This past week in worship, I preached a sermon entitled, “Why Polity Matters.” Polity is simply the governing or guiding structures of an organization. Every organization (church) has a polity even if it is not clear or specific. Polity does matter.

As Jonathan Leeman points out in his assessment of the Rise and Fall of Mars Hill podcast, polity is important for church health.

“When an organization is growing and prosperous, nobody cares much about its governing structures or polity. ‘If it ain’t broke, why fix it?’ People only care when things fall apart. Then they clamor, ‘Who has the power of discipline here? And who should be holding whom accountable?’ Discipline and accountability are the first things people wonder about when leaders fail. Why didn’t Driscoll keep himself accountable? Why didn’t the elders? Why didn’t an outside board? And so it goes… Polity is not essential for salvation, but it’s essential for helping the saved walk lovingly and peaceably together. It’s essential for passing the gospel to the next generation. It’s essential, finally, for biblical obedience.”[1]

Too many churches crumble because of internal wars of preference and power. Too many churches falter because of an unwillingness to hold onto theological fidelity. Too many churches are crushed because of leadership failure rooted in pride, a desire for power, or immorality.

A failure in leadership is often preceded by a failure in church polity. I don’t believe a church’s structures can protect against all sin (internal or external), but I have grown to believe that the biblical picture of elder-led congregationalism does offer a healthy and protective framework for pastoral leadership in the life of the church.

After months of praying, thinking, reading, and discussing with staff, deacons, and other church leaders, I shared with Wilkesboro Baptist Church a vision for rewriting our by-laws to include a plurality of elders.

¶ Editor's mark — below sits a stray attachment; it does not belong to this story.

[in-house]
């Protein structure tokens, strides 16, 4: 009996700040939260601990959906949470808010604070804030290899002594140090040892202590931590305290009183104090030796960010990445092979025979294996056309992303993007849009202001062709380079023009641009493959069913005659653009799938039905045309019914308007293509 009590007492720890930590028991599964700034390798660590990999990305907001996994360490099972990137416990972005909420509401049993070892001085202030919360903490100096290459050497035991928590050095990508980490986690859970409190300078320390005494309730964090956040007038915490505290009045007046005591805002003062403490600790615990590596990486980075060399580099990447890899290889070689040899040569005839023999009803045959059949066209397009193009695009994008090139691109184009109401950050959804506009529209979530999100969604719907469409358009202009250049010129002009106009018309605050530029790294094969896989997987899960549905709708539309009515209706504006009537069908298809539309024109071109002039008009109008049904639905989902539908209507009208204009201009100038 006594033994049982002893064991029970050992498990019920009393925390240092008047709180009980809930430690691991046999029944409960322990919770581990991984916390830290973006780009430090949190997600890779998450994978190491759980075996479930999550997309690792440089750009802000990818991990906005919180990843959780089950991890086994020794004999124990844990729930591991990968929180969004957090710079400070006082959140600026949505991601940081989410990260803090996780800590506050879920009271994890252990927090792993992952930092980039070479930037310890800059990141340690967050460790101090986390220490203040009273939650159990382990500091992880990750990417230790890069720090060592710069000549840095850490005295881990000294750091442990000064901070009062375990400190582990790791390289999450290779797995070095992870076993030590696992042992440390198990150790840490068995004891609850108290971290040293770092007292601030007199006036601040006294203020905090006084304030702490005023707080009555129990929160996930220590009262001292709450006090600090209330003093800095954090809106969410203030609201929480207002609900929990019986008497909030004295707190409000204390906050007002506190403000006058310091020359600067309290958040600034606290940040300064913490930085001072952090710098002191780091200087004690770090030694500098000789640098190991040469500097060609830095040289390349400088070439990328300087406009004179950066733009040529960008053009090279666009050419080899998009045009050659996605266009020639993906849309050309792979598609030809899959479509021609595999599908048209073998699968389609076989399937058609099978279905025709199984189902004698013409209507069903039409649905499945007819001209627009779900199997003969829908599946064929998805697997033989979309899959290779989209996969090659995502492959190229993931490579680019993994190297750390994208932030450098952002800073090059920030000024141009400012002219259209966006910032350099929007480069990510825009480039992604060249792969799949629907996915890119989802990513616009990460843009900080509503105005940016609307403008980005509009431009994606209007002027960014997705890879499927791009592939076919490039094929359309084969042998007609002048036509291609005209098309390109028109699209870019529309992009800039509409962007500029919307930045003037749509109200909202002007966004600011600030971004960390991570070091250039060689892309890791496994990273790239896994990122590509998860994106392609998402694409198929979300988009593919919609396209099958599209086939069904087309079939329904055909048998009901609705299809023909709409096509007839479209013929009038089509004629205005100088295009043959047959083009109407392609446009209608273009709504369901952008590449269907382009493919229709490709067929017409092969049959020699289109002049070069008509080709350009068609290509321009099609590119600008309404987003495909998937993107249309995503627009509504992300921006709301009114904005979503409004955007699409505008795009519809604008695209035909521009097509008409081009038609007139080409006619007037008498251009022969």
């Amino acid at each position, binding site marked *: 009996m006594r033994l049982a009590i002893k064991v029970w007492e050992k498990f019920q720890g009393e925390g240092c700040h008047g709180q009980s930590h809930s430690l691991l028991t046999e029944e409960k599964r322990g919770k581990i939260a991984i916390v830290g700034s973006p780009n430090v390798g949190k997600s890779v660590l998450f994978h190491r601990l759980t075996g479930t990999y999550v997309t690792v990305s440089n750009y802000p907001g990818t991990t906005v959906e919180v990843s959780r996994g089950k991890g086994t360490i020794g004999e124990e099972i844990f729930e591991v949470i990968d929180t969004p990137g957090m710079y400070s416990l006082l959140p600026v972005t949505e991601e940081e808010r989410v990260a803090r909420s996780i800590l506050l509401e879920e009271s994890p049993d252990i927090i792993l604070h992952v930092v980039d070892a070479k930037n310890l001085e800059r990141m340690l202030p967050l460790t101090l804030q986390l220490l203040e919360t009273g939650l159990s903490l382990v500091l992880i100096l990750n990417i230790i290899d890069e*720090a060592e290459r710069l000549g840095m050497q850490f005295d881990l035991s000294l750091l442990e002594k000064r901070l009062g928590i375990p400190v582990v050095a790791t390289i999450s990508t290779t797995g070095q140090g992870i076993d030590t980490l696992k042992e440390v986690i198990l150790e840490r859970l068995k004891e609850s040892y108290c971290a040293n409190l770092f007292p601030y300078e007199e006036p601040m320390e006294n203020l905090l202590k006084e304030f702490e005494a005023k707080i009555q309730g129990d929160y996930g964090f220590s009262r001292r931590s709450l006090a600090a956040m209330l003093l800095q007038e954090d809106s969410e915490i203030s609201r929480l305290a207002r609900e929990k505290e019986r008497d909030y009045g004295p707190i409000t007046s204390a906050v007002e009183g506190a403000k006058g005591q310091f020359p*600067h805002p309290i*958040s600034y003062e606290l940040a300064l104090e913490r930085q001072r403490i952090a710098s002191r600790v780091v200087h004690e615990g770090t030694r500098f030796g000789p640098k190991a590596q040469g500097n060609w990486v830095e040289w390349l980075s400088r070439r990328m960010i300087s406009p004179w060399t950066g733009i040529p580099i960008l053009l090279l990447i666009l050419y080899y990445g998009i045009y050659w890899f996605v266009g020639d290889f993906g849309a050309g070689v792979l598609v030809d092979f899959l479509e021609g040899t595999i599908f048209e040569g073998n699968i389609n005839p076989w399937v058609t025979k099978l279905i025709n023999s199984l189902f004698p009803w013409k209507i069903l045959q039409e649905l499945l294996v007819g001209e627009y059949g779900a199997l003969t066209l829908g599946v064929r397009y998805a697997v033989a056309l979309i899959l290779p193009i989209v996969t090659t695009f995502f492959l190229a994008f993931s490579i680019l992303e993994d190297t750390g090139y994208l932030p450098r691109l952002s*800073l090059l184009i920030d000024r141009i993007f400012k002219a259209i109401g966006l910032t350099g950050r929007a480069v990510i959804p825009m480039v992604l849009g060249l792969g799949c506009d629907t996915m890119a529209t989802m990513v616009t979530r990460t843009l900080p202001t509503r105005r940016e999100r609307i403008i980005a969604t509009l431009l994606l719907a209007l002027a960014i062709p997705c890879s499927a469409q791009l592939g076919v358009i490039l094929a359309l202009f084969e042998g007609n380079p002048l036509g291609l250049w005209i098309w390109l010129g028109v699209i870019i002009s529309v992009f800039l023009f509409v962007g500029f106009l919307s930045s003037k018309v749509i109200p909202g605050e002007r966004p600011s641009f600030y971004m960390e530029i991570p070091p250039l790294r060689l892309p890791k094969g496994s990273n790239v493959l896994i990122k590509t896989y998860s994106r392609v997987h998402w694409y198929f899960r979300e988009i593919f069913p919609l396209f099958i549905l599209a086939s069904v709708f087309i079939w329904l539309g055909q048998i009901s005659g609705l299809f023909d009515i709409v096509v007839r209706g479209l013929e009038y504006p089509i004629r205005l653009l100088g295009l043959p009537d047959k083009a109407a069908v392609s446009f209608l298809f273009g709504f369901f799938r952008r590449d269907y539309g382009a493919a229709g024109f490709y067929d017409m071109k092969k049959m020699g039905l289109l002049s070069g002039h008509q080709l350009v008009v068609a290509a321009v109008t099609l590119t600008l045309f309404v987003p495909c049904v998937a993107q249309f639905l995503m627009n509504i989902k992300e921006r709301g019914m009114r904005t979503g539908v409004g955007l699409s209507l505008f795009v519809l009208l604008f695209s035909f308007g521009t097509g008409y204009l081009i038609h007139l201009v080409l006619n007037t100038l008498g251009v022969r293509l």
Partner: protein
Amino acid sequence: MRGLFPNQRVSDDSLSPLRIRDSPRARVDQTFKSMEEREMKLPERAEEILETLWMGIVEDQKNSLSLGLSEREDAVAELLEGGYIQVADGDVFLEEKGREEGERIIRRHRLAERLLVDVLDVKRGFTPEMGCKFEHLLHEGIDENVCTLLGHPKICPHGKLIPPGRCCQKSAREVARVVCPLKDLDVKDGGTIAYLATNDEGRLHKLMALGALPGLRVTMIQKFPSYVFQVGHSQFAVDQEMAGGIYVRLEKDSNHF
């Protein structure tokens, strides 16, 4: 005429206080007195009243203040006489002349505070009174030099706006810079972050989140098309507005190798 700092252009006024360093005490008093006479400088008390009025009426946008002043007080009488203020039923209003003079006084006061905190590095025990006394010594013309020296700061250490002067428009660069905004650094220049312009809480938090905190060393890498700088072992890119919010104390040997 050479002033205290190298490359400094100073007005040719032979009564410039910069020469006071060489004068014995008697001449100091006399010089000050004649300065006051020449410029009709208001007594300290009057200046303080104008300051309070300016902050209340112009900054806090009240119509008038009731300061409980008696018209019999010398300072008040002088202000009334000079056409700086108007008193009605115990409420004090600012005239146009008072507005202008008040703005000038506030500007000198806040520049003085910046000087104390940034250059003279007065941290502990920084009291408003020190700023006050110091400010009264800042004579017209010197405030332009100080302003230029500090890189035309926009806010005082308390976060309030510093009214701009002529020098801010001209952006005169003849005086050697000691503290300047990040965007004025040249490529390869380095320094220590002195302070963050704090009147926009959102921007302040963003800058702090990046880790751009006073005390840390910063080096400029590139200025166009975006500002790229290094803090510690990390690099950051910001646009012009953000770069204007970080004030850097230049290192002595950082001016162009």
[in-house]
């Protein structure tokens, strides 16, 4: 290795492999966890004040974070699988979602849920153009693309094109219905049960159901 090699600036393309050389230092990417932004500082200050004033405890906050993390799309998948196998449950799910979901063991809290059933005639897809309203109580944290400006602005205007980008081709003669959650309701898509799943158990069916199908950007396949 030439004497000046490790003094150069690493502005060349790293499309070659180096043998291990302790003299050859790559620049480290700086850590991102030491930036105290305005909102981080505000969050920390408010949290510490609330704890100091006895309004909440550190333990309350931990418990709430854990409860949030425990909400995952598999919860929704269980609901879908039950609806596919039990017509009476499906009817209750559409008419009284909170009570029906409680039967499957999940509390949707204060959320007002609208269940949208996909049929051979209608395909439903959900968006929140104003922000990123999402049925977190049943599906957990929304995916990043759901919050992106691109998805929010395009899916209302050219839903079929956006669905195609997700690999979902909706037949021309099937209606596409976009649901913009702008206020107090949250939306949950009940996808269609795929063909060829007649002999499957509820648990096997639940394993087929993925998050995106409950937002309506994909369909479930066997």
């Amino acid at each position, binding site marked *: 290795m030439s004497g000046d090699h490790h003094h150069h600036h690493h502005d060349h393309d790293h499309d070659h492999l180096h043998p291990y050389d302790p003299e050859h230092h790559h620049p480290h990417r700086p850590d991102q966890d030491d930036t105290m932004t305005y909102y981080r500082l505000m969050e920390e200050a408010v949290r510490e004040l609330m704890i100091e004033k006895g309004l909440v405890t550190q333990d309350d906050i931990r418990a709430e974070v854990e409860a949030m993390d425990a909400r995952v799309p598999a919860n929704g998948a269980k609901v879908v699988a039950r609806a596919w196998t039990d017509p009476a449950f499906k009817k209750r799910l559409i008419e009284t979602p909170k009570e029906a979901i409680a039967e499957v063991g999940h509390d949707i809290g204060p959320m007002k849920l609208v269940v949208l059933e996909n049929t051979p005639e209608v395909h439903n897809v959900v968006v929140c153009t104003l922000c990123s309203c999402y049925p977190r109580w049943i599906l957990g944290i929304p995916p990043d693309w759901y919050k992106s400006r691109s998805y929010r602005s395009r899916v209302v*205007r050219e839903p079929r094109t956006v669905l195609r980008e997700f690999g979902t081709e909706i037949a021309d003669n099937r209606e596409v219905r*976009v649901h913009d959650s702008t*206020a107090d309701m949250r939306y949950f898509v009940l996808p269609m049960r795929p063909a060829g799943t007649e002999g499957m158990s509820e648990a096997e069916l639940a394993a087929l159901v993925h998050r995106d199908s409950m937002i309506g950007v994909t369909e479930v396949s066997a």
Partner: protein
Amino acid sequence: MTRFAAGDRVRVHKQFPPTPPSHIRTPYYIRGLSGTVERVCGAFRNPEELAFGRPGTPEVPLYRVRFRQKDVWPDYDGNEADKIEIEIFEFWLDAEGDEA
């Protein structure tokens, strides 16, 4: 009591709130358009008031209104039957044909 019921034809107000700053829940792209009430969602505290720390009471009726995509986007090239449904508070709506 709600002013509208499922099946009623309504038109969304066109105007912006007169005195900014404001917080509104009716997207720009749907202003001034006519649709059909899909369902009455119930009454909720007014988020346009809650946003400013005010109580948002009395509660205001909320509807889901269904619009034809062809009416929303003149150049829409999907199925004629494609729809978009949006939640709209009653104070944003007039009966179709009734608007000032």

What are elders? There are three interchangeable terms used in the New Testament for what we typically call the pastor. These terms are pastor, elder, overseer. They refer to the office of pastor. Pastor means shepherd and is used in Ephesians 4:11. Elder means an older male with a specific leadership role in the church and is used in Acts 20:17. Overseer means exactly what it suggests, someone who leads by overseeing the ministry of the church and is used in Acts 20:28 as well as described in 1 Timothy 3:1-7.

In this post and subsequent posts, I’m going to suggest several reasons why we should rewrite our by-laws to include a plurality of elders.

In this post, I’m just going to give one of several reasons for a plurality of elders: Biblical Warrant. There is not a didactic passage of Scripture that describes in detail exactly how a church should be structured. However, we do find evidence in both descriptive sections of Scripture (Acts) and prescriptive sections (the epistles) for a plurality of elders. Following are just a sample of Bible verses that reflect this topic. The emphasized words and phrases are mine.

When they came to Jerusalem, they were welcomed by the church and the apostles and the elders, and they declared all that God had done with them.

Acts 15:4

Now from Miletus he sent to Ephesus and called the elders of the church to come to him.

Acts 20:17

Pay careful attention to yourselves and to all the flock, in which the Holy Spirit has made you overseers, to care for the church of God, which he obtained with his own blood.

Acts 20:28

Paul and Timothy, servants of Christ Jesus, to all the saints in Christ Jesus who are at Philippi, with the overseers and deacons:

Philippians 1:1

Do not neglect the gift you have, which was given you by prophecy when the council of elders laid their hands on you. 

1 Timothy 4:14

There are other passages that suggest a similar picture: Acts 11:30; 14:23; 15:2-4, 22-23; 16:4; 1 Timothy 3:1-13; 5:17; Titus 1:5-9; Ephesians 4:11; James 5:14; 1 Peter 5:1-5; Hebrews 13:17.